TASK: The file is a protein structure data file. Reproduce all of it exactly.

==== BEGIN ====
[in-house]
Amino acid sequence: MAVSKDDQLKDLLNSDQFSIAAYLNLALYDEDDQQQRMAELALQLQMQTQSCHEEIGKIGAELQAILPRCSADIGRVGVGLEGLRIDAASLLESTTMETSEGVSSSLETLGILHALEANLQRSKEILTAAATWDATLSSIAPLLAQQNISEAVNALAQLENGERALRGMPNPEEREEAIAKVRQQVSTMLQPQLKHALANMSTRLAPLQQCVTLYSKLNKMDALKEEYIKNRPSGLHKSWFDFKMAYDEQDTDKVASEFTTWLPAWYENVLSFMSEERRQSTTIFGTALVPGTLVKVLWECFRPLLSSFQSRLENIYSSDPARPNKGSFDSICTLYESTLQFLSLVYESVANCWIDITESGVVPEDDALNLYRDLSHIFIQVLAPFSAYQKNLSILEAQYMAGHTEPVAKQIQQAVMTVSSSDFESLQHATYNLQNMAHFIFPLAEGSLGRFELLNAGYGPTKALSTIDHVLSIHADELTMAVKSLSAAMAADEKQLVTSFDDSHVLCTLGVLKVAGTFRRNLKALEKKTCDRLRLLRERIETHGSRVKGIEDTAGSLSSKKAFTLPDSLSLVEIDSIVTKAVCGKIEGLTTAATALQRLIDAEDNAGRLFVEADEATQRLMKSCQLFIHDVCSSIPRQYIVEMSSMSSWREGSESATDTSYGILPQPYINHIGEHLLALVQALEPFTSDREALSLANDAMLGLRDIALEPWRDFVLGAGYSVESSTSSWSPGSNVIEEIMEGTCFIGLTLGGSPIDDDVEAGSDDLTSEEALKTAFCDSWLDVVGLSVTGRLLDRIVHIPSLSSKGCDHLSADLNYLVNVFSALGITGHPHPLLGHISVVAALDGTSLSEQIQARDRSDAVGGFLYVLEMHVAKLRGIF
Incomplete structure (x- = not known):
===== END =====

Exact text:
[in-house]
Amino acid sequence: MAVSKDDQLKDLLNSDQFSIAAYLNLALYDEDDQQQRMAELALQLQMQTQSCHEEIGKIGAELQAILPRCSADIGRVGVGLEGLRIDAASLLESTTMETSEGVSSSLETLGILHALEANLQRSKEILTAAATWDATLSSIAPLLAQQNISEAVNALAQLENGERALRGMPNPEEREEAIAKVRQQVSTMLQPQLKHALANMSTRLAPLQQCVTLYSKLNKMDALKEEYIKNRPSGLHKSWFDFKMAYDEQDTDKVASEFTTWLPAWYENVLSFMSEERRQSTTIFGTALVPGTLVKVLWECFRPLLSSFQSRLENIYSSDPARPNKGSFDSICTLYESTLQFLSLVYESVANCWIDITESGVVPEDDALNLYRDLSHIFIQVLAPFSAYQKNLSILEAQYMAGHTEPVAKQIQQAVMTVSSSDFESLQHATYNLQNMAHFIFPLAEGSLGRFELLNAGYGPTKALSTIDHVLSIHADELTMAVKSLSAAMAADEKQLVTSFDDSHVLCTLGVLKVAGTFRRNLKALEKKTCDRLRLLRERIETHGSRVKGIEDTAGSLSSKKAFTLPDSLSLVEIDSIVTKAVCGKIEGLTTAATALQRLIDAEDNAGRLFVEADEATQRLMKSCQLFIHDVCSSIPRQYIVEMSSMSSWREGSESATDTSYGILPQPYINHIGEHLLALVQALEPFTSDREALSLANDAMLGLRDIALEPWRDFVLGAGYSVESSTSSWSPGSNVIEEIMEGTCFIGLTLGGSPIDDDVEAGSDDLTSEEALKTAFCDSWLDVVGLSVTGRLLDRIVHIPSLSSKGCDHLSADLNYLVNVFSALGITGHPHPLLGHISVVAALDGTSLSEQIQARDRSDAVGGFLYVLEMHVAKLRGIF
Incomplete structure (x- = not known):